I didn't realize that we had been behaving like business partners until I was sitting in our favorite sexy date restaurant sipping a very sexy drink. Away from our tremendous responsibilities, dressed in something lovely, feeling like an adult woman rather than a "mother", I was able to take a deep breath and look at my husband. There he was, the man I married. My best friend. My lover. That guy with the sharp wit and killer grin--"I think you need another drink, baby. By the way, you look so freakin' sexy. Did I tell you that?" I melted a little on the inside. I hadn't felt like that in a very long time. We ate wonderful food, and I drank too much. In truth, three drinks, and I've had too much to drink. I also think my husband deliberately got me drunk. I was loud and flirtatious, and I said all sorts of lascivious things. I embarrassed myself horribly, but I didn't care. We were having such a fabulous time with each other. That night, we weren't parents or taxpayers or homeowners or employees or neighbors. We were for each other, and I remembered all the reasons why I married him.
When we left, he suggested that we walk a bit so that I could regain some balance; I was more than a little tippled. I felt so free and exhilarated. I didn't want to go home and lose this feeling. What was this feeling? We were laughing, flirting, touching each other. Oh, it was so much fun! That was it. We were having fun together. Life hadn't felt fun for a very, very long time. "Hey," I said quietly, "I'm kinda drunk." He winked at me. "Yes. You are." I giggled, "Now that you've got me drunk and at your mercy, what are you gonna do with me?" He stopped and looked at me, and then there was that killer grin. "I've got an idea." He dragged me to the parking ramp wherein we had parked. He took off towards the roof, parked the car in the darkest corner away from the cameras and onlookers, and leaned in towards me, "Ever gone parking when you were a teenager?" That was all it took. We made out like kids in the family car until the windows were steamed up. It was heaven.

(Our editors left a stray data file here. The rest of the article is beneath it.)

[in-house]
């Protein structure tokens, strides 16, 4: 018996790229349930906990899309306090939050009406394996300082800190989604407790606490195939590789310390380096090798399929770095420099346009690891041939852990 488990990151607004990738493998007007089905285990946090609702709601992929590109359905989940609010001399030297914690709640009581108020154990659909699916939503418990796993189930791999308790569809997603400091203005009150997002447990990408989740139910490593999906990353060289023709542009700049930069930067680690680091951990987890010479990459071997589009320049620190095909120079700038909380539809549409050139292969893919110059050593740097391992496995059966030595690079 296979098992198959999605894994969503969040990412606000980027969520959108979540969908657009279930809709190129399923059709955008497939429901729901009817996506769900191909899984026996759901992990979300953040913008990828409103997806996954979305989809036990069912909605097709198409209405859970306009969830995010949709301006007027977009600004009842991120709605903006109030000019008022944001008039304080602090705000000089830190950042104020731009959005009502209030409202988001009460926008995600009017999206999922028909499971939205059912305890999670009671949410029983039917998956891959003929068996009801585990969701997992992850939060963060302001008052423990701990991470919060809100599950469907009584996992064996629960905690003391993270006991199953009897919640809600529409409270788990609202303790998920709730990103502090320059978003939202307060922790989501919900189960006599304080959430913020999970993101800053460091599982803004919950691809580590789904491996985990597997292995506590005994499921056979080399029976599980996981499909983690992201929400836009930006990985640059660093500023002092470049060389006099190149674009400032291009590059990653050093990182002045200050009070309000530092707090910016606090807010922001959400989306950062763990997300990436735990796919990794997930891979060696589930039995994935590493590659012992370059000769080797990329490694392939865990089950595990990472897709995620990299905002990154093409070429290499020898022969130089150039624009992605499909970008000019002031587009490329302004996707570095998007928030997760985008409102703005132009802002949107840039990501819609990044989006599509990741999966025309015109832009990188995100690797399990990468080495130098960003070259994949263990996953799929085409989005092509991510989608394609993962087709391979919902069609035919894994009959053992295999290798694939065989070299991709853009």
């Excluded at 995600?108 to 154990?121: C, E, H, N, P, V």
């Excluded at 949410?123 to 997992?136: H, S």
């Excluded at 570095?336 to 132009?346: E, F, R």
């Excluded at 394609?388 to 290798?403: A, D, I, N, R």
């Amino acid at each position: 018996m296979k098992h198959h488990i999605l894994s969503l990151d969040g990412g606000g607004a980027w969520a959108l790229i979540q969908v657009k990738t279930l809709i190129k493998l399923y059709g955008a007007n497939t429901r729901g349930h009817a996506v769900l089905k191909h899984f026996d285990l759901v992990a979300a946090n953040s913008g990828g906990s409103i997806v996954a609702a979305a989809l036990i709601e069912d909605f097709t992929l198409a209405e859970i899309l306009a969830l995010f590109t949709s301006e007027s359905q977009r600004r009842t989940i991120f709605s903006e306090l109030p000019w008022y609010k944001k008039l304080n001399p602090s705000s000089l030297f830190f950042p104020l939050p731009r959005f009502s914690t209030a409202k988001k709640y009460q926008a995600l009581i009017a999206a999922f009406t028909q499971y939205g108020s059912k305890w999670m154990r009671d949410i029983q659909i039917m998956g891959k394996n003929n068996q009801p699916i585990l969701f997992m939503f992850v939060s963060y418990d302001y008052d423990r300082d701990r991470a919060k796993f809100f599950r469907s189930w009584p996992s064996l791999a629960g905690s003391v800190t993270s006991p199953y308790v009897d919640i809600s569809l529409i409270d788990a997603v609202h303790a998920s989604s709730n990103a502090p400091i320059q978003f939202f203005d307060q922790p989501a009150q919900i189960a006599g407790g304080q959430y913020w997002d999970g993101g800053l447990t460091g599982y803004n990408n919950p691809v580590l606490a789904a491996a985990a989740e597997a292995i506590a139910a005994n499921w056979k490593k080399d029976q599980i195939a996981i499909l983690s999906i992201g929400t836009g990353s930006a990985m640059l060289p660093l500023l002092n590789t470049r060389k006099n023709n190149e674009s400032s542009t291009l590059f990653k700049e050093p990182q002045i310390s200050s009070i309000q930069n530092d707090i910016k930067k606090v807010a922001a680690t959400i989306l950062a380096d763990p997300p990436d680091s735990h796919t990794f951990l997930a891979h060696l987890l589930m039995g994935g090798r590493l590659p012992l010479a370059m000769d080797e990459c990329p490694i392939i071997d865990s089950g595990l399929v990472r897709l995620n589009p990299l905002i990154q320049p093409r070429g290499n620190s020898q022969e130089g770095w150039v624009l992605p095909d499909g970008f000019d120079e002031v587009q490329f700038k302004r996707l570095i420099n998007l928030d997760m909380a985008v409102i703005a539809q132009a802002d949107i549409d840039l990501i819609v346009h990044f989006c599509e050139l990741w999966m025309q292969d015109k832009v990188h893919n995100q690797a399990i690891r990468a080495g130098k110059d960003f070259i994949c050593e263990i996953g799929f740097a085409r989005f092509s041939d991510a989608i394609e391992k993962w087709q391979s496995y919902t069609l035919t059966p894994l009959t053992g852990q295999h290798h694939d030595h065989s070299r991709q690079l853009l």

Life does not slow down for anyone. It has a vampiric effect on us stealing our energy and will to go the extra mile. Add children or children with special needs whose needs are endless, and you will soon find that your inner well of resources is completely tapped out. Soon, bitter winds are blowing through MCM Land, and you might be thinking of moving on to the reportedly greener pastures of Swinging Singles Island. There's always the Divorced Desert, but that's a hard and lonely place to live. It seems that once you're there, you either want to go back to MCM Land or hit Hedonism II, but staying in the desert never seems to be a desirable option particularly if you're taking kids with you.
This is why I don't suggest the following with insouciance but rather with great seriousness. I have come to believe that forging a happy life in the valleys of MCM Land is nearly impossible without the elements of adventure and fun. When we begin to experience our partners as mere accompanists or a means to an end, then we are in the middle of relational degradation. How can we reconnect on many levels quickly and often? Leaving the familiar home environment, wearing something different, and being to each other who we truly are is the beginning. Our date was so much fun. We flirted, talked, engaged each other in interesting conversation, and remembered why we moved to MCM Land in the first place. We enjoyed each other. It was sheer pleasure, and it gave me hope that we still "had it". I needed to know that because every day since then has been full of challenges. There has been the occasional "passing like ships in the night", but there has also been some steamy, sexy rumpus, too. Fun is not overrated. Cultivate fun and adventure in your relationship. I have discovered that it is key to making the mundane aspects of life a bit more magical. As for the not so mundane aspects? Well, if you're up for turning up the volume on your sex life, then, by all means, add some fun and adventure into the other parts of your everyday life together. You'll soon discover that it's making its way into your bedroom. Seek it out. You won't be disappointed.